Art for the AI generation Art and Artificial Intelligence Laboratory, Rutgers University
Generative Adversarial Network for Painting
June 29, 2017. The
full paper, by Chris Baraniuk, in Daily News
The team – which also included researchers at Rutgers University in New Jersey and Facebook’s AI lab in California – modified a type of algorithm known as a generative adversarial network (GAN), in which two neural nets play off against each other to get better and better results. One creates a solution, the other judges it – and the algorithm loops back and forth until the desired result is reached.
In the art AI, one of these roles is played by a generator network, which creates images. The other is played by a discriminator network, which was trained on 81,500 paintings to tell the difference between images we would class as artworks and those we wouldn’t – such as a photo or diagram, say.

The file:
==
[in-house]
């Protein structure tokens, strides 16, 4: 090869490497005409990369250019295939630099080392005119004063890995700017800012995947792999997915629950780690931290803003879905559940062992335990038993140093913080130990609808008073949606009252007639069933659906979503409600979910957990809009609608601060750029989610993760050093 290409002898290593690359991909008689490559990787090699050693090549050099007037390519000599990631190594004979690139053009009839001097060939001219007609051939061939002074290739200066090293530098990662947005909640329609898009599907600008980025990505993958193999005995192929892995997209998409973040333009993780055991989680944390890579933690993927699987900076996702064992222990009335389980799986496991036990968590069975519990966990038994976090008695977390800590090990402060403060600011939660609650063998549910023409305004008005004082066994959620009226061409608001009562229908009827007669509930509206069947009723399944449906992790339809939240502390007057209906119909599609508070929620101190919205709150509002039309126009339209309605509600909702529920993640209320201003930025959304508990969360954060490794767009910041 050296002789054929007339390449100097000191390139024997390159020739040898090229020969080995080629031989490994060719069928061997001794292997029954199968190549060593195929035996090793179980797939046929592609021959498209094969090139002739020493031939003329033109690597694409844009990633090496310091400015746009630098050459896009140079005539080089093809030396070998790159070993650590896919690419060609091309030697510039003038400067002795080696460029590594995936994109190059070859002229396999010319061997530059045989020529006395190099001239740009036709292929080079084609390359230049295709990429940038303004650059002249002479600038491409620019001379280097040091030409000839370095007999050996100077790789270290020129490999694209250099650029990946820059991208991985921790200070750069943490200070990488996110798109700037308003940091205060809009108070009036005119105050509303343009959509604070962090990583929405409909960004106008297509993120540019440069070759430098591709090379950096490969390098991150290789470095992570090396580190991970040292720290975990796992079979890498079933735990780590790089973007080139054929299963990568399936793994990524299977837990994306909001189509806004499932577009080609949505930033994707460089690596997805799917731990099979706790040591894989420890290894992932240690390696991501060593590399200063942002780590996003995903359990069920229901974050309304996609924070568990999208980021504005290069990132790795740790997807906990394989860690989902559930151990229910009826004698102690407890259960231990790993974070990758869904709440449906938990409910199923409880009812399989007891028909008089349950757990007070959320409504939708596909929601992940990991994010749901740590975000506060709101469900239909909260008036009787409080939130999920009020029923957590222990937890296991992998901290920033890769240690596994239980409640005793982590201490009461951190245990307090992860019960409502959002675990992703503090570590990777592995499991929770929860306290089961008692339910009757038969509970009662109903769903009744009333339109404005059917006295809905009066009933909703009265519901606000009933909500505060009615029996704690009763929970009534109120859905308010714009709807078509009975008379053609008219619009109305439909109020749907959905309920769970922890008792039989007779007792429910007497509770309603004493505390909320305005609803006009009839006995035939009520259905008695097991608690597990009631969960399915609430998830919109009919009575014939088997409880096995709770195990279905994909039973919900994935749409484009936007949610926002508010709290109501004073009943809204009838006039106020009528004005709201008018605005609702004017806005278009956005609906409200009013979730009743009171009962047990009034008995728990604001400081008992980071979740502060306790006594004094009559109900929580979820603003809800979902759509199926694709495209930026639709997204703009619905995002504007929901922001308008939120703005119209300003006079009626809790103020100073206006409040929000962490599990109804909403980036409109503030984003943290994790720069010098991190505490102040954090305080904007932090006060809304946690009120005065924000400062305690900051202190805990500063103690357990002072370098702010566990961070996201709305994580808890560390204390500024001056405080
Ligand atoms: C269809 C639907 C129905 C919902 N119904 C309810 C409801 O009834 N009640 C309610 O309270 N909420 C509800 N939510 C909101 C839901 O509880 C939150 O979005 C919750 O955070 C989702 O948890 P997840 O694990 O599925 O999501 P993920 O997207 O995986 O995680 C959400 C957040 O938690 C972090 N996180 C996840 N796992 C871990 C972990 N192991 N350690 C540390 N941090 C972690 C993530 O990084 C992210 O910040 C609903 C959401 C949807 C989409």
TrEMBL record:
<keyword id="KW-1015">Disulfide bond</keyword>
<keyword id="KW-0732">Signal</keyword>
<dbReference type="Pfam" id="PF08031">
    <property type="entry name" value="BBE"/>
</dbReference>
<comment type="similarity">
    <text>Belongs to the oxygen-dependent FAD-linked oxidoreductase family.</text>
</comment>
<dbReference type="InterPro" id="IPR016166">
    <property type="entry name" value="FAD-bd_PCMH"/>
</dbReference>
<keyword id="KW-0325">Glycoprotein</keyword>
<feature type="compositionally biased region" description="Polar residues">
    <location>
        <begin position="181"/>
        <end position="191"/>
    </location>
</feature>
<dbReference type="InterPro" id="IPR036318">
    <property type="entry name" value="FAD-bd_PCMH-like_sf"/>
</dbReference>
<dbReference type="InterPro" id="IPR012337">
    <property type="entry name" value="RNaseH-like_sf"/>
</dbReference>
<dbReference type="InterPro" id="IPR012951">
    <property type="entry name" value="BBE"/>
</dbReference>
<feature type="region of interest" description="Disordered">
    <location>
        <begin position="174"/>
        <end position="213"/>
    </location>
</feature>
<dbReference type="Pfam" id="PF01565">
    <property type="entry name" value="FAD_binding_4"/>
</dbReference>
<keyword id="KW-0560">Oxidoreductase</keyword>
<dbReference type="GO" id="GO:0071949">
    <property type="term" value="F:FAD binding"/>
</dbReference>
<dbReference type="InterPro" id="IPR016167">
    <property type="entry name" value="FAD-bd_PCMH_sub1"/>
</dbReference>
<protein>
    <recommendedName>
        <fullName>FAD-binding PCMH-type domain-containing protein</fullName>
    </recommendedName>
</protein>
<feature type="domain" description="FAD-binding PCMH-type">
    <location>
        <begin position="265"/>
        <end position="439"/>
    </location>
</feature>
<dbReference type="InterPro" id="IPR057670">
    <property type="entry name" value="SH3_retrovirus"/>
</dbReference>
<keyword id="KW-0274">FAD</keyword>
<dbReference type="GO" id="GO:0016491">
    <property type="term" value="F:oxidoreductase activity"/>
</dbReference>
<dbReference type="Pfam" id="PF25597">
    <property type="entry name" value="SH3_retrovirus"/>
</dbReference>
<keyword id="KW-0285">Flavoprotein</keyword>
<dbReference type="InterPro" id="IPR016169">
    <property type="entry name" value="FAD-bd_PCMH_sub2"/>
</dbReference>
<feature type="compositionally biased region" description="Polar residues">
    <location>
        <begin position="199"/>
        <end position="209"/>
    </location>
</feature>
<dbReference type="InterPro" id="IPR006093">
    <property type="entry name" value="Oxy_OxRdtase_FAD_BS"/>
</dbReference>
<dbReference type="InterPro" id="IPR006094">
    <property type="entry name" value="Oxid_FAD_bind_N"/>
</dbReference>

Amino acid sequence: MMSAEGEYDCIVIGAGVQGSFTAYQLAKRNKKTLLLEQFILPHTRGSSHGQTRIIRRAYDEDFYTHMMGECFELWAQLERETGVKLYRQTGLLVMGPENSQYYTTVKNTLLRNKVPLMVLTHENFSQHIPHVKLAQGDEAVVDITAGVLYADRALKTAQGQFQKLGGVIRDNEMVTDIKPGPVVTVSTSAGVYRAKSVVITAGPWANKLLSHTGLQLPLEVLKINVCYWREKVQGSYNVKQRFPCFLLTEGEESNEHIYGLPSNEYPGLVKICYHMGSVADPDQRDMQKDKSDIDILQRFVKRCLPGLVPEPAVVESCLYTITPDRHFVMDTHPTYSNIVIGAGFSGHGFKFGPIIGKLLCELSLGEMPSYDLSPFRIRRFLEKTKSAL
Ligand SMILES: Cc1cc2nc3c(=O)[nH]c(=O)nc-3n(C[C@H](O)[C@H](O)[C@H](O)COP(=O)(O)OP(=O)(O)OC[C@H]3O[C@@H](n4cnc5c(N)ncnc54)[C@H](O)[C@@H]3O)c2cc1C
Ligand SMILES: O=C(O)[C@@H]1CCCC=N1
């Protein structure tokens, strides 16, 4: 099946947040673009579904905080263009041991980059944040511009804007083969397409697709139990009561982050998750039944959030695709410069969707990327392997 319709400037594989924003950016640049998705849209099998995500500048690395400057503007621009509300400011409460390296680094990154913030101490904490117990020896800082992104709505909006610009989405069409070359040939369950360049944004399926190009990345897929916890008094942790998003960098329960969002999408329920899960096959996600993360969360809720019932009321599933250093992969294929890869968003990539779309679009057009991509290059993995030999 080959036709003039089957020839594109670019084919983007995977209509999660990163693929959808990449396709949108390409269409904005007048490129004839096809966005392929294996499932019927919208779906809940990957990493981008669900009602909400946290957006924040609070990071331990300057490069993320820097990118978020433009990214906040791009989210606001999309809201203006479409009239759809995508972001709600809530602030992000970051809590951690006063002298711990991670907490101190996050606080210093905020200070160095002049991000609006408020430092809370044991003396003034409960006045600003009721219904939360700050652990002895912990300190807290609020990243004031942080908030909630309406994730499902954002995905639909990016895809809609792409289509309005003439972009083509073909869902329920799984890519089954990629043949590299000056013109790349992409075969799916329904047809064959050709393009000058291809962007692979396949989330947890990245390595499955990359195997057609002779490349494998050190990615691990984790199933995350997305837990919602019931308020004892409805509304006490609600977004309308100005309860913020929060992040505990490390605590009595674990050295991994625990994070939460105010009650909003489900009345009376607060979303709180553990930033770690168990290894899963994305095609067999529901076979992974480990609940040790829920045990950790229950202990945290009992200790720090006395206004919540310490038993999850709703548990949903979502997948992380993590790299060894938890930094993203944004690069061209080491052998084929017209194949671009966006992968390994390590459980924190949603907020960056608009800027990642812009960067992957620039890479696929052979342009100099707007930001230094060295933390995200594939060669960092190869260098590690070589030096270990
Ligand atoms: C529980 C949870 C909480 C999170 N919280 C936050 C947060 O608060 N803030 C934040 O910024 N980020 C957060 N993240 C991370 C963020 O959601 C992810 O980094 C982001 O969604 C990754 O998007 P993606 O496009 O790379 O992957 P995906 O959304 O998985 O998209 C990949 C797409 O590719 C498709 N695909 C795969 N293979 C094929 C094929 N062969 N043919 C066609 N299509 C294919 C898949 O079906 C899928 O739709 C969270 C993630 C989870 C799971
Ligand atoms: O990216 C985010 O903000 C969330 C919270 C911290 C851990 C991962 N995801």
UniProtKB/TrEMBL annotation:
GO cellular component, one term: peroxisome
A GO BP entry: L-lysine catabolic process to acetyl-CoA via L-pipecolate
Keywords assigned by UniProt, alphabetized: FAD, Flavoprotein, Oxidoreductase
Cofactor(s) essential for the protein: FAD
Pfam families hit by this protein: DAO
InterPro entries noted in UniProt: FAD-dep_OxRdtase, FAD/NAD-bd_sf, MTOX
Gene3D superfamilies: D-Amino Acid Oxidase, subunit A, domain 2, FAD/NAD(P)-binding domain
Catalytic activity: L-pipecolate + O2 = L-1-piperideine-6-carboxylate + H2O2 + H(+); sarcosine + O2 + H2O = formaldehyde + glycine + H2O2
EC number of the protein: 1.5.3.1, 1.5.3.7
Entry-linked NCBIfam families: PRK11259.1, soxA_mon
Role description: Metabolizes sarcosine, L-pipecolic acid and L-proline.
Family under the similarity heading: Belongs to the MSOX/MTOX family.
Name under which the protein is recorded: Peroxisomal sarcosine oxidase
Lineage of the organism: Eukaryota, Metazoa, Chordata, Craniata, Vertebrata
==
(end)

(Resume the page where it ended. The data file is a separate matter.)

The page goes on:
The discriminator was also trained to distinguish different styles of art,
such as rococo or cubism.
Art with a twist
The clever twist is that the generator is primed to produce an image that the discriminator recognises as art, but which does not fall into any of the existing styles.
“You want to have something really creative and striking – but at the same time not go too far and make something that isn’t aesthetically pleasing,” says team member Ahmed Elgammal at Rutgers University.